alphaN {alphaN}  R Documentation 
Set the alpha level based on sample size for coefficients in a regression models.
alphaN(n, BF = 1, method = "JAB", upper = 1)
n 
Sample size 
BF 
Bayes factor you would like to match. 1 to avoid Lindley's Paradox, 3 to achieve moderate evidence and 10 to achieve strong evidence. 
method 
Used for the choice of 'b'. Currently one of:

upper 
The upper limit for the range of realistic effect sizes. Only relevant when method="balanced". Defaults to 1 such that the range of realistic effect sizes is uniformly distributed between 0 and 1, U(0,1). 
Numeric alpha level required to achieve the desired level of evidence.
Gu et al. (2016). Error probabilities in default Bayesian hypothesis testing. Journal of Mathematical Psychology, 72, 130–143.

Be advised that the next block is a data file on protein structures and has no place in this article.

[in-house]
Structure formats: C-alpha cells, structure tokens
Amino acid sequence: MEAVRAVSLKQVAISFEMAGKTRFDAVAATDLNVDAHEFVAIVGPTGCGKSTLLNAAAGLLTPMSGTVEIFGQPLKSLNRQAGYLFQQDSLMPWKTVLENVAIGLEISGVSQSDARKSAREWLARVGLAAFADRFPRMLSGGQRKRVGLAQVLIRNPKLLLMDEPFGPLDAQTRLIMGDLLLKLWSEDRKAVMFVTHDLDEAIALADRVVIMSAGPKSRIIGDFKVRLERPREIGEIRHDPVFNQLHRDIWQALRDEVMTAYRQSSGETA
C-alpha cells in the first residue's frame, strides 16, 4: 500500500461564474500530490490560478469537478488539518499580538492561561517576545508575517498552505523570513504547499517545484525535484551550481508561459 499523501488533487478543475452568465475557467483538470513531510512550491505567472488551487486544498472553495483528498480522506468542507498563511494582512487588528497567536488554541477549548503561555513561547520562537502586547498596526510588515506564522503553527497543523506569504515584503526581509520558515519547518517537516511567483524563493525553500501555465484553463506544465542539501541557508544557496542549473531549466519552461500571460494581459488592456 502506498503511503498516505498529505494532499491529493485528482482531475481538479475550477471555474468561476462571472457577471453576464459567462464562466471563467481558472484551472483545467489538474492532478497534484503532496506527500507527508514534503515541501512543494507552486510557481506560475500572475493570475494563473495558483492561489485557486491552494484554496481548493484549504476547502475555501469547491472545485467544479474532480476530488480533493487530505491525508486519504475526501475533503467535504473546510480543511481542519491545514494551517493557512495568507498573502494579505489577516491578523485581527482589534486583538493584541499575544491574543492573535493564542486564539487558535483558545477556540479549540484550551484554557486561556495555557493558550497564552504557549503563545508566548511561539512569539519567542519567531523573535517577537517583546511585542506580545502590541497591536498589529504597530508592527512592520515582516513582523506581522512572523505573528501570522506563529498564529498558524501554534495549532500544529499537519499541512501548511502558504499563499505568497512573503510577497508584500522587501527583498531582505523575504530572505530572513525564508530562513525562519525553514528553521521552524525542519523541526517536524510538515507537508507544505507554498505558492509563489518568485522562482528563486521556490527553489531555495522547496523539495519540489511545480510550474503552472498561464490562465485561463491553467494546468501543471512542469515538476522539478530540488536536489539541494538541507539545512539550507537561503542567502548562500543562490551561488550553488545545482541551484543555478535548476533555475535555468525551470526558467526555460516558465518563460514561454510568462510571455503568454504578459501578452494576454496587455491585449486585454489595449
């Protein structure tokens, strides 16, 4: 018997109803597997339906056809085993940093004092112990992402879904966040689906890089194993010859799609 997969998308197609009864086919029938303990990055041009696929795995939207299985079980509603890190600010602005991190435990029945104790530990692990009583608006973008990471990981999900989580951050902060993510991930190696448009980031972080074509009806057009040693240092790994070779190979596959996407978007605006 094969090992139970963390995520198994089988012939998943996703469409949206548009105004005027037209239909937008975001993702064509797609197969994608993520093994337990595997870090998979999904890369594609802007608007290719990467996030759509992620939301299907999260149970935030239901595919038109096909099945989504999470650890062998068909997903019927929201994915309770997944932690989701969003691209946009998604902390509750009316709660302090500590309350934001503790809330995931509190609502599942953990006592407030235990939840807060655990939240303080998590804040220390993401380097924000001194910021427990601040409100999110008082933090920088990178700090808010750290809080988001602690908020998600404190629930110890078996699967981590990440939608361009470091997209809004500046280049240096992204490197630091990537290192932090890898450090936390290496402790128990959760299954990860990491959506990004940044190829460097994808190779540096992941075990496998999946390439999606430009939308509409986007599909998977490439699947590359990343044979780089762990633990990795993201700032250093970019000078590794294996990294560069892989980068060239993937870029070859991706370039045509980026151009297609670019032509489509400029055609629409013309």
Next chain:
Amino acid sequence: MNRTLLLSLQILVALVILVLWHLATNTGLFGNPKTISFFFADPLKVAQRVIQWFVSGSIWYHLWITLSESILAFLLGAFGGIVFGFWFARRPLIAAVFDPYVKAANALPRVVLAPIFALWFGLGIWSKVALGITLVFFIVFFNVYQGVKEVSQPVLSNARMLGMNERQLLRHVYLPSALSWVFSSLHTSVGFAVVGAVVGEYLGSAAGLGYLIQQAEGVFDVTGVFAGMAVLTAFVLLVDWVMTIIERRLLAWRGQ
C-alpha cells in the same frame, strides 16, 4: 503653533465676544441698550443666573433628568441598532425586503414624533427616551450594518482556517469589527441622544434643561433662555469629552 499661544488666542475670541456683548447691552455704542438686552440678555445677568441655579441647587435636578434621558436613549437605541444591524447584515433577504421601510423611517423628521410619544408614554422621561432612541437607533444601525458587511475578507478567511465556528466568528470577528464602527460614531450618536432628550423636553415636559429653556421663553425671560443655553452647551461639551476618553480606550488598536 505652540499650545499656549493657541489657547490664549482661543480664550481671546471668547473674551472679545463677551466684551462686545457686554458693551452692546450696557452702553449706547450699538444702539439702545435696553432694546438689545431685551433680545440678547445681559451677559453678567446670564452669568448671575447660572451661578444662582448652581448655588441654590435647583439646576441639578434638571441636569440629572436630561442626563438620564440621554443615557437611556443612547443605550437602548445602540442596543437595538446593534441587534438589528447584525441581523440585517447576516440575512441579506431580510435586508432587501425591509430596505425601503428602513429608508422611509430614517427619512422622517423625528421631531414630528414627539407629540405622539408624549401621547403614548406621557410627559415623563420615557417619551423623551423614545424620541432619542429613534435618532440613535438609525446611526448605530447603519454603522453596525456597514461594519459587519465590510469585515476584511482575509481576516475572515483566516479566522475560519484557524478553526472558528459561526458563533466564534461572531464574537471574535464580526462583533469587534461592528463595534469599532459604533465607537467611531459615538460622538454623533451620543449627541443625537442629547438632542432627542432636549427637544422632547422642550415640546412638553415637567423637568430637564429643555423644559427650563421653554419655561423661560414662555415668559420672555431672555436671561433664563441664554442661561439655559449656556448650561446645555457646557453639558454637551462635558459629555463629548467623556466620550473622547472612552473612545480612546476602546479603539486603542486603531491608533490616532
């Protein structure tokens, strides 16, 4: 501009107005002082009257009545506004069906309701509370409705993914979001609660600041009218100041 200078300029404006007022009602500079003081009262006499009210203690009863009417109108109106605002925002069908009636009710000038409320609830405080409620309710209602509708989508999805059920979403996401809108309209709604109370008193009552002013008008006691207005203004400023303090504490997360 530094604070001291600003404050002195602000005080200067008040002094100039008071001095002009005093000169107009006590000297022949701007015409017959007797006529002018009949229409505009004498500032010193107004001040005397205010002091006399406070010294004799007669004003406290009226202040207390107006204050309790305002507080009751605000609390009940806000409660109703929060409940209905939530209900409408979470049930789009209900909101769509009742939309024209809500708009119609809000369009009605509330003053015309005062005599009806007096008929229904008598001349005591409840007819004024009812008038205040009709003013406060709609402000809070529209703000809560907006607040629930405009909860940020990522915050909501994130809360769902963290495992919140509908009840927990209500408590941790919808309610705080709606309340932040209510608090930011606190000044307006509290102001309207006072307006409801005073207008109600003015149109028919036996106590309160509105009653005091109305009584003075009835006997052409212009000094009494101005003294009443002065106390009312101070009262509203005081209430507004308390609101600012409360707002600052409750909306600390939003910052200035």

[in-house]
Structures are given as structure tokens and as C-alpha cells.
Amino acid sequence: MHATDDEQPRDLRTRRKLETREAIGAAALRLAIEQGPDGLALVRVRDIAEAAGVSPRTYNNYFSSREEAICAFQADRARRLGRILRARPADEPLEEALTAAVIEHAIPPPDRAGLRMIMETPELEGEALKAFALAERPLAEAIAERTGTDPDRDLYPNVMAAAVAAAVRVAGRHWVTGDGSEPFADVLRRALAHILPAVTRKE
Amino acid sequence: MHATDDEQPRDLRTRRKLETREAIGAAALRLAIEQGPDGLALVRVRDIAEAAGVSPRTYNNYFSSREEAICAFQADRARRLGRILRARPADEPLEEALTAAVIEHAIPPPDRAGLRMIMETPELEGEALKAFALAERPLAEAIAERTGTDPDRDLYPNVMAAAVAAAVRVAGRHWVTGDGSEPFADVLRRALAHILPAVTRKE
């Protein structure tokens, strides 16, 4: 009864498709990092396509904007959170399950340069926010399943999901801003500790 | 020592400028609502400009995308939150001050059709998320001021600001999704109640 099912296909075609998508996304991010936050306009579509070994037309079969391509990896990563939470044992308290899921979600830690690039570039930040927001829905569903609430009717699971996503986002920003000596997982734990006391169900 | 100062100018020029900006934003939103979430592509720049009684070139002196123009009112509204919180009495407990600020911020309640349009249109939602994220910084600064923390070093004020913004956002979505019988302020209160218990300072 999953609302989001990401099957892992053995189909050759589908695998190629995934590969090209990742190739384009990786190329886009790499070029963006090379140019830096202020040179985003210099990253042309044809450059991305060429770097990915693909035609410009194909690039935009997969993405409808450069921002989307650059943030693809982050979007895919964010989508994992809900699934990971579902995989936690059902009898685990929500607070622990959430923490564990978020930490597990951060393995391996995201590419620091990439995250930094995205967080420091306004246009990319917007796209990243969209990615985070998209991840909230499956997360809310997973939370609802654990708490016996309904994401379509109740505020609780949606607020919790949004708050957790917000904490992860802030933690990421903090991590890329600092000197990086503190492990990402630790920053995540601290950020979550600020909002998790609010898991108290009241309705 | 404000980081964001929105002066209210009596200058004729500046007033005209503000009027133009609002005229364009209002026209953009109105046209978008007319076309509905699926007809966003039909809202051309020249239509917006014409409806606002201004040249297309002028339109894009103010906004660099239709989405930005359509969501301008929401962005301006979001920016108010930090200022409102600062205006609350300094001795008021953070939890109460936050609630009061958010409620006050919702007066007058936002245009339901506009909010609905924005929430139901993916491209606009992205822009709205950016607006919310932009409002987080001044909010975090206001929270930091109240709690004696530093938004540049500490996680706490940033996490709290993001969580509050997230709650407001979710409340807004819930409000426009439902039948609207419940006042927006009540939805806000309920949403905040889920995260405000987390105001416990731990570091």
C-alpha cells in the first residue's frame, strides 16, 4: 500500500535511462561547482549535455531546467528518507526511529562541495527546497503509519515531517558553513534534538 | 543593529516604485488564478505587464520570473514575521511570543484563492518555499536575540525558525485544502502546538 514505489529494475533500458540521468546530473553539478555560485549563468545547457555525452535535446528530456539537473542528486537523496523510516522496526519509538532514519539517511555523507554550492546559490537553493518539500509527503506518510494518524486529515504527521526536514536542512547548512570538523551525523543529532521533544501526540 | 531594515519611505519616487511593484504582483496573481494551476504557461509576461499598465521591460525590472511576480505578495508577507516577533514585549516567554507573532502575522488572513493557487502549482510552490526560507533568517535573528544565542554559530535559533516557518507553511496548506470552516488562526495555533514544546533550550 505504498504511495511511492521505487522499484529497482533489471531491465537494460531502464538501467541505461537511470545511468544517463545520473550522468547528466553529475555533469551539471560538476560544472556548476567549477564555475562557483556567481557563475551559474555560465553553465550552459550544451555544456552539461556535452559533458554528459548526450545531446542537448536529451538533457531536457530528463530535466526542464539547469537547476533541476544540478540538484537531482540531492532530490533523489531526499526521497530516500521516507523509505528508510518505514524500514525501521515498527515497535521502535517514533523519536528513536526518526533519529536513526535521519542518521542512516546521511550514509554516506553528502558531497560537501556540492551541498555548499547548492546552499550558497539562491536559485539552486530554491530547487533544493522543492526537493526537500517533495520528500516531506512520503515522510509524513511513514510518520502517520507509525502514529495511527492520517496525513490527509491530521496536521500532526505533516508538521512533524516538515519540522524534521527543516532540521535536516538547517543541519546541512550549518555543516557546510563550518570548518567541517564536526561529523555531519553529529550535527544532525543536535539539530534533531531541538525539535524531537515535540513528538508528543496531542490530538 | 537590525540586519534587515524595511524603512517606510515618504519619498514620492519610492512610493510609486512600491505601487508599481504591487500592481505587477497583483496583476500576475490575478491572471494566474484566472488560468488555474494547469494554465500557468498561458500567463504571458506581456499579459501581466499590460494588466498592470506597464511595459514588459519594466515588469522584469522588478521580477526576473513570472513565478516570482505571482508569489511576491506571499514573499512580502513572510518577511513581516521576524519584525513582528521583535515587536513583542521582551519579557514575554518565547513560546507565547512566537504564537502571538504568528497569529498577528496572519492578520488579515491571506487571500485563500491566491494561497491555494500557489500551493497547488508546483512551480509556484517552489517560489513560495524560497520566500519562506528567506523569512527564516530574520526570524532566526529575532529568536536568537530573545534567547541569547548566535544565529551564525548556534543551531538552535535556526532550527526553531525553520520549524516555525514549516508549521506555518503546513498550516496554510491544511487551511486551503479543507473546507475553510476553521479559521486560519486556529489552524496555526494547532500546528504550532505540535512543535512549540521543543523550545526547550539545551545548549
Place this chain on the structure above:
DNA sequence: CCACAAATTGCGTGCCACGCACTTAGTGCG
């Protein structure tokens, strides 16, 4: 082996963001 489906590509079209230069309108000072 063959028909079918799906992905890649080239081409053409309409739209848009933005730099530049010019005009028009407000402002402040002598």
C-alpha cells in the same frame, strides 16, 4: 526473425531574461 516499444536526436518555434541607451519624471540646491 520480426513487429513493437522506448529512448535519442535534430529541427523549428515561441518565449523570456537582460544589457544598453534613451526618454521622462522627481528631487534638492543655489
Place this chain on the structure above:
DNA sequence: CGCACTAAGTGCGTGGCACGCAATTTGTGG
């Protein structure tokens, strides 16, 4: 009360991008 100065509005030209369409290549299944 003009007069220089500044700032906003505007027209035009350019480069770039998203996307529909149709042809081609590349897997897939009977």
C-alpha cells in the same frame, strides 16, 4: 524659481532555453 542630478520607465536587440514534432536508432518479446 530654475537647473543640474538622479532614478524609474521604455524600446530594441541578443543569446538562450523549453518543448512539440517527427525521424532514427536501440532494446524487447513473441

Gu et al. (2018). Approximated adjusted fractional Bayes factors: A general method for testing informative hypotheses. The British Journal of Mathematical and Statistical Psychology, 71(2).
O’Hagan, A. (1995). Fractional Bayes Factors for Model Comparison. Journal of the Royal Statistical Society. Series B (Methodological), 57(1), 99–138.
Wagenmakers (2002). Approximate Objective Bayes Factors From PValues and Sample Size: The 3pn Rule. psyarxiv.
Wulff & Taylor (2023). How and why alpha should depend on sample size: A Bayesianfrequentist compromise for significance testing. PsyArXiv.
# Plot of alpha level as a function of n
seqN < seq(50, 1000, 1)
plot(seqN, alphaN(seqN), type = "l")